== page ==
“The pupil-teacher ratio is a very important factor. If you look at the university rankings, in the top international universities, there is a teacher for every sixth student. In DU it used to be 18:1. Now it will be close to 25:1 and this will only hamper the academic process,” said Dev Habib.
The UGC’s brand new 'Credit and Curriculum Framework on Undergraduate Programme' (CCFUGP), notified on December 12, has brought fresh confusion and fears. Its stipulations are different from DU’s framework. For instance, DU allows students to get an honours degree in three years while the new UGC regulation mandates that students will have to complete four years to get an honours degree. This has left teachers wondering if they are in for yet another curriculum change.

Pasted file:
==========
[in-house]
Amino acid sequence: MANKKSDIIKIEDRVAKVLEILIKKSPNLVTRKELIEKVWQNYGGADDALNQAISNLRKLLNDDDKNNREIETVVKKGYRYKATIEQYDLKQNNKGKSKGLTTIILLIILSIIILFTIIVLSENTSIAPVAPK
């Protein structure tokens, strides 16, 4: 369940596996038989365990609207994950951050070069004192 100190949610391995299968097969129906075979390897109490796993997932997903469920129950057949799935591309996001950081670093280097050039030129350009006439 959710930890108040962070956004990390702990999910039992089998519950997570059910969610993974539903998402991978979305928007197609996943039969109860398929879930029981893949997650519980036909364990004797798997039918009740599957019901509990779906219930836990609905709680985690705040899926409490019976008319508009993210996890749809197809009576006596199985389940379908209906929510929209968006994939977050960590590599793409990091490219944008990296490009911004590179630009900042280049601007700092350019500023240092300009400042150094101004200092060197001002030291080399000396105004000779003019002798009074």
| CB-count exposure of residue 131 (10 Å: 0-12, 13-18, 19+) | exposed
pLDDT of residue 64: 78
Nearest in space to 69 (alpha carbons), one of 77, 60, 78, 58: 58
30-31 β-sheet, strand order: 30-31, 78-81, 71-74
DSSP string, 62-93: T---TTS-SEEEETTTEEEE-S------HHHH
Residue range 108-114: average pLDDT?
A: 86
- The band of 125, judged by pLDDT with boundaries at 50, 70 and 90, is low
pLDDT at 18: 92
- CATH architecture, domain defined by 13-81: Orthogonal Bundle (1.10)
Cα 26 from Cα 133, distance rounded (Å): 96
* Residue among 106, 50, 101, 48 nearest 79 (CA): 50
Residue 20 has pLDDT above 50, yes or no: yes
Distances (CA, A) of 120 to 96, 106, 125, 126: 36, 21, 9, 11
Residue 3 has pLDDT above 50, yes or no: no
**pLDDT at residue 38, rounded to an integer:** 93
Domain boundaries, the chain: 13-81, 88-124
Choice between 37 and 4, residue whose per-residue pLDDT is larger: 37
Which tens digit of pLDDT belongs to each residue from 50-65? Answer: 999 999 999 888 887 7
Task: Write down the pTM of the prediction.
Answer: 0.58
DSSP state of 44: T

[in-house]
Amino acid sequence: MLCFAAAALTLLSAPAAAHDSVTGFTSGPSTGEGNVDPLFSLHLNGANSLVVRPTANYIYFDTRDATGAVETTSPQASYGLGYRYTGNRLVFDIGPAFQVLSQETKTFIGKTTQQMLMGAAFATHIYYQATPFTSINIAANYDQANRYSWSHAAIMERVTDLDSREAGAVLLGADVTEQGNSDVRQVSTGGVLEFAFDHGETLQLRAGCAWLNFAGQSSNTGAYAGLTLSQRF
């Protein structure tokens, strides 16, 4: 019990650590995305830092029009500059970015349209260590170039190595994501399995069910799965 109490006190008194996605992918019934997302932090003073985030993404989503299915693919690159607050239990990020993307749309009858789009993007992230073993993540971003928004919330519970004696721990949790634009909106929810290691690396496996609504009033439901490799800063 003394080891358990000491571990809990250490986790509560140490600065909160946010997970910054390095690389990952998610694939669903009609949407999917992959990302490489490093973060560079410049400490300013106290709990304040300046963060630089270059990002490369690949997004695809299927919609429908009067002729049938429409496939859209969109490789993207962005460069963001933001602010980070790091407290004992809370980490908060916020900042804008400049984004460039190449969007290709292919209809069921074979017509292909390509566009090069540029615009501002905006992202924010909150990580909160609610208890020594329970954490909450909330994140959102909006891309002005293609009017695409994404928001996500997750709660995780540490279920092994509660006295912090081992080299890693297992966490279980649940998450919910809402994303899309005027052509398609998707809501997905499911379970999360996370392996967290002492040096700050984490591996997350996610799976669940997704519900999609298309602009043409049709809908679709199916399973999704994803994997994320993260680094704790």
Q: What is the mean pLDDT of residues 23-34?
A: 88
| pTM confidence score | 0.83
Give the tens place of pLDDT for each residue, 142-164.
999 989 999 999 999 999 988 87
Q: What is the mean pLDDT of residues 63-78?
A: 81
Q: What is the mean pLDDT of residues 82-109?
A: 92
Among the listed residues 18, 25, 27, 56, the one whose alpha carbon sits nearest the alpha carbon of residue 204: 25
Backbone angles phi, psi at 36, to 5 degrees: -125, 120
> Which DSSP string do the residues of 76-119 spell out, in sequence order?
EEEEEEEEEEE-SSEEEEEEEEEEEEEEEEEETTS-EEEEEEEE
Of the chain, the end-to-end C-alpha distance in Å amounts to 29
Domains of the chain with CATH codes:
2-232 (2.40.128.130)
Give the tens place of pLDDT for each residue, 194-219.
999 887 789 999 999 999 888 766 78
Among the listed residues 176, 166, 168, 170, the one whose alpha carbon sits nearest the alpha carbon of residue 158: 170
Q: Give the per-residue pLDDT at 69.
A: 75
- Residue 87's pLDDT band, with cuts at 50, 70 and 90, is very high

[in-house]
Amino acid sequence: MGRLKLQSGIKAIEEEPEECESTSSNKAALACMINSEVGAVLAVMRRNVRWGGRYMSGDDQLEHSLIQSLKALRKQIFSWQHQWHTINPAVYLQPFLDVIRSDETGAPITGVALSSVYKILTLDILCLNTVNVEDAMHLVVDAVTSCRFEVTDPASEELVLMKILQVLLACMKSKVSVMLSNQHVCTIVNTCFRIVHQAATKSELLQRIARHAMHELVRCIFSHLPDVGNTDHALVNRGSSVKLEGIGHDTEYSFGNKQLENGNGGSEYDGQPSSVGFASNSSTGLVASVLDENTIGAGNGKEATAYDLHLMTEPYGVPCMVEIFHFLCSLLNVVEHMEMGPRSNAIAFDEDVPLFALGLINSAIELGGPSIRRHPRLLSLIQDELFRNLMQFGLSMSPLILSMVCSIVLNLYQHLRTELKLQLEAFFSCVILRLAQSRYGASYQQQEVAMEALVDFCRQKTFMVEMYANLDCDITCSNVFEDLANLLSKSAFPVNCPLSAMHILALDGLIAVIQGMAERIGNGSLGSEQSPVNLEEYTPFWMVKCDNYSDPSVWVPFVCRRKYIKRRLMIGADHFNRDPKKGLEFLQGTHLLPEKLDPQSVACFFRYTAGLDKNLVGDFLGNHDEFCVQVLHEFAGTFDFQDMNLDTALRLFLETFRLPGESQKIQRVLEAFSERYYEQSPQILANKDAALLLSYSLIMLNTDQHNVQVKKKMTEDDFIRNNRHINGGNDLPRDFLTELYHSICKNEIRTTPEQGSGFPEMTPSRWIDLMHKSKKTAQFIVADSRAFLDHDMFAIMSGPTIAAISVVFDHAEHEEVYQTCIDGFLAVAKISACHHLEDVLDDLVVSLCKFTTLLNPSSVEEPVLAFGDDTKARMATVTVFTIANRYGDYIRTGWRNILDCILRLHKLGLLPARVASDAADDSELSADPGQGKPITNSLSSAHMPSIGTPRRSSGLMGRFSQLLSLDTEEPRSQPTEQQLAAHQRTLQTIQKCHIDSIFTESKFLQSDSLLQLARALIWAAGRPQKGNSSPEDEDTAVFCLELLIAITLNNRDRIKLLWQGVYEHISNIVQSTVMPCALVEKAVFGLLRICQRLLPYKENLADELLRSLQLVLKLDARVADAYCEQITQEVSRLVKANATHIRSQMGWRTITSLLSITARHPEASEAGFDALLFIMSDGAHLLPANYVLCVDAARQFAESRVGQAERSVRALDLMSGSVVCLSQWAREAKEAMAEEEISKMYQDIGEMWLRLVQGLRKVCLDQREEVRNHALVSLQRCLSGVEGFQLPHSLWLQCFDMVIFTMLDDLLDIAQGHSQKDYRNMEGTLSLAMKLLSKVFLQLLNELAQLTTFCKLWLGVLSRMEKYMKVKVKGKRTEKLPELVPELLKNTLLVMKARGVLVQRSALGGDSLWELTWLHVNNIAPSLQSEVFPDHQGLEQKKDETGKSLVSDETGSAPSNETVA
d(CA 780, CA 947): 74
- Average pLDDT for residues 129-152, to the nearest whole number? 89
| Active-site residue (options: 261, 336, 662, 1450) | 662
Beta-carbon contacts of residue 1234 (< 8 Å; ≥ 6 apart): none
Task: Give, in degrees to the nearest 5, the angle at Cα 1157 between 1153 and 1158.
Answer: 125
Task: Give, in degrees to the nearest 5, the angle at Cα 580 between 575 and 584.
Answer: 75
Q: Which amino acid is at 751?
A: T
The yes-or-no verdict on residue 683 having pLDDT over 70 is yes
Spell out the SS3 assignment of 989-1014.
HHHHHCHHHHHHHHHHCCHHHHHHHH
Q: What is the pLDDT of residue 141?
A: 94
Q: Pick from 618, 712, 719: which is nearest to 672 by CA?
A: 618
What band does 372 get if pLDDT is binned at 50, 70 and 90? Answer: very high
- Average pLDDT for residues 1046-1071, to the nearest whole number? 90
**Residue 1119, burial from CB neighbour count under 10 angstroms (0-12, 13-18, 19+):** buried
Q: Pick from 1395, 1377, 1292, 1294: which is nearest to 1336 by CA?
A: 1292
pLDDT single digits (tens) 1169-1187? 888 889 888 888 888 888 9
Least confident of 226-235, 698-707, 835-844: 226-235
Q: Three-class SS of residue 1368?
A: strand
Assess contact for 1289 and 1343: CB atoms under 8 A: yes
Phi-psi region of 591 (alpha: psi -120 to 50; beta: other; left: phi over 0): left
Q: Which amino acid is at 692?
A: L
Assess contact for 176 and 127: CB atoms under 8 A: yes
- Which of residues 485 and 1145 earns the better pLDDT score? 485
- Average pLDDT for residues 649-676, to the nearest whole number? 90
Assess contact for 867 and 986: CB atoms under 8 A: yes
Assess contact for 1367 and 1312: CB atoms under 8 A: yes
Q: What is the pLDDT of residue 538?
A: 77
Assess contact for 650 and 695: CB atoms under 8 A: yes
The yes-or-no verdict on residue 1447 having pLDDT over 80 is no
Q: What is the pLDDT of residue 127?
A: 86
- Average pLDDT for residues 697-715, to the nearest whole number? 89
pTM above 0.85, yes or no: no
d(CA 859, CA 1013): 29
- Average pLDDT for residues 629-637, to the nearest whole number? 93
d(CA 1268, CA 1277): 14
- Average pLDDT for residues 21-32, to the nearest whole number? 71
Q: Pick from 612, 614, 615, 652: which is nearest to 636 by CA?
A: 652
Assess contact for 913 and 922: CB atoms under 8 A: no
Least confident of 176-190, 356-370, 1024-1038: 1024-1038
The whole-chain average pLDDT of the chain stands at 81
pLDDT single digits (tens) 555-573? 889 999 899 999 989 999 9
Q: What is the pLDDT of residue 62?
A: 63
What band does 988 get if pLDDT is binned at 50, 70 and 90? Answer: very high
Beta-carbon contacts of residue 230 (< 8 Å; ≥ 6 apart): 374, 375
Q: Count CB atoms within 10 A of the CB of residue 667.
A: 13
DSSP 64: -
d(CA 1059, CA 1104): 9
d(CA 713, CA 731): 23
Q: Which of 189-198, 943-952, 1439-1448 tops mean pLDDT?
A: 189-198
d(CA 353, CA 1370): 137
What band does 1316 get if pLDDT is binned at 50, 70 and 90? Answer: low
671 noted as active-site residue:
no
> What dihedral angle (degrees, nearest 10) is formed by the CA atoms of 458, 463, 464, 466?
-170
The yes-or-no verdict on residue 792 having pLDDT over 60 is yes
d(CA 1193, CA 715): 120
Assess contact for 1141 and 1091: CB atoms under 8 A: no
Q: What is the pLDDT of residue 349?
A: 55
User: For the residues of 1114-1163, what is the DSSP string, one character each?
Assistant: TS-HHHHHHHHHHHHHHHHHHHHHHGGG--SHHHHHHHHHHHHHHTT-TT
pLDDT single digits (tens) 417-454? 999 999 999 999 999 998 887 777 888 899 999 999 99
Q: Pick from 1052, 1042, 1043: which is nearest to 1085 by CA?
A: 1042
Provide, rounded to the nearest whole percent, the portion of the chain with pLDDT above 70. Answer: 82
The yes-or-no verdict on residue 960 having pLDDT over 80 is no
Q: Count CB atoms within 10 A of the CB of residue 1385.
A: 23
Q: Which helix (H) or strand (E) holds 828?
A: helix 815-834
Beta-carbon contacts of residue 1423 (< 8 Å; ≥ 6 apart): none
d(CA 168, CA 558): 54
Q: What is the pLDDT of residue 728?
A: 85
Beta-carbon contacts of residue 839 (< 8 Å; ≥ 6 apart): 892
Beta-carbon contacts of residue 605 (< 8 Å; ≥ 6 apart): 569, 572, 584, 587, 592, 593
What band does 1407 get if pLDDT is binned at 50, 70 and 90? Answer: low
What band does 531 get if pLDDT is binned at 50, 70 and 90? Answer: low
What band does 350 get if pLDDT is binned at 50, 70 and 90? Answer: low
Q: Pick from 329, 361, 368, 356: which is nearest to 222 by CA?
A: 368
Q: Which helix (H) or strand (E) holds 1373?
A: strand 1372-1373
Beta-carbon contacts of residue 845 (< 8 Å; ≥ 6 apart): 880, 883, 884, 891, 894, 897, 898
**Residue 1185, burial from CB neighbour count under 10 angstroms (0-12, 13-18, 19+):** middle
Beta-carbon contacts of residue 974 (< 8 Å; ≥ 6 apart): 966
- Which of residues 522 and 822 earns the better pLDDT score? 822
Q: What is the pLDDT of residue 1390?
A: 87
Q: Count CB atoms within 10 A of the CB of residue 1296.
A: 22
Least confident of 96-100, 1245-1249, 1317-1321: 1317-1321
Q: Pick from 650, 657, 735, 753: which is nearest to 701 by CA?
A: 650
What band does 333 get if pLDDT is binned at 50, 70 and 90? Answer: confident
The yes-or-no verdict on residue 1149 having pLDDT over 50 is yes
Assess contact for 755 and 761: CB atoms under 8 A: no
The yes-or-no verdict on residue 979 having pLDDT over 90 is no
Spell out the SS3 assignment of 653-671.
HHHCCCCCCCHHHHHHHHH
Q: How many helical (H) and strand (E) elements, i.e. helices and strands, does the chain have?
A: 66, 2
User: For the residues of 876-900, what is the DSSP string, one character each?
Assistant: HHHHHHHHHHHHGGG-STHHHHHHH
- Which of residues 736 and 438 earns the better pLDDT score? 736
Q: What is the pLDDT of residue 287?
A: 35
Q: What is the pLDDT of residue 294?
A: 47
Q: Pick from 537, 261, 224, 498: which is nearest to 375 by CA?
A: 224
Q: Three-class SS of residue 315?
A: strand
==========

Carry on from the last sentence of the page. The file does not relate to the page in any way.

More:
“The UGCF was based on a UGC document from January. It was a draft. Delhi University without any application of mind simply adopted a draft document which was not even notified. Now, the new UGC draft has been notified as a regulation. This has to be compliant,” said Chakraborty. “Amid so much confusion, if a new course structure comes from 2023 as UGC intends then why did DU adopt the UGCF in 2022 which did not have the validation of UGC. For one batch, you are creating this kind of uncertainty…DU has been extremely cavalier and has put lakhs of students in jeopardy.”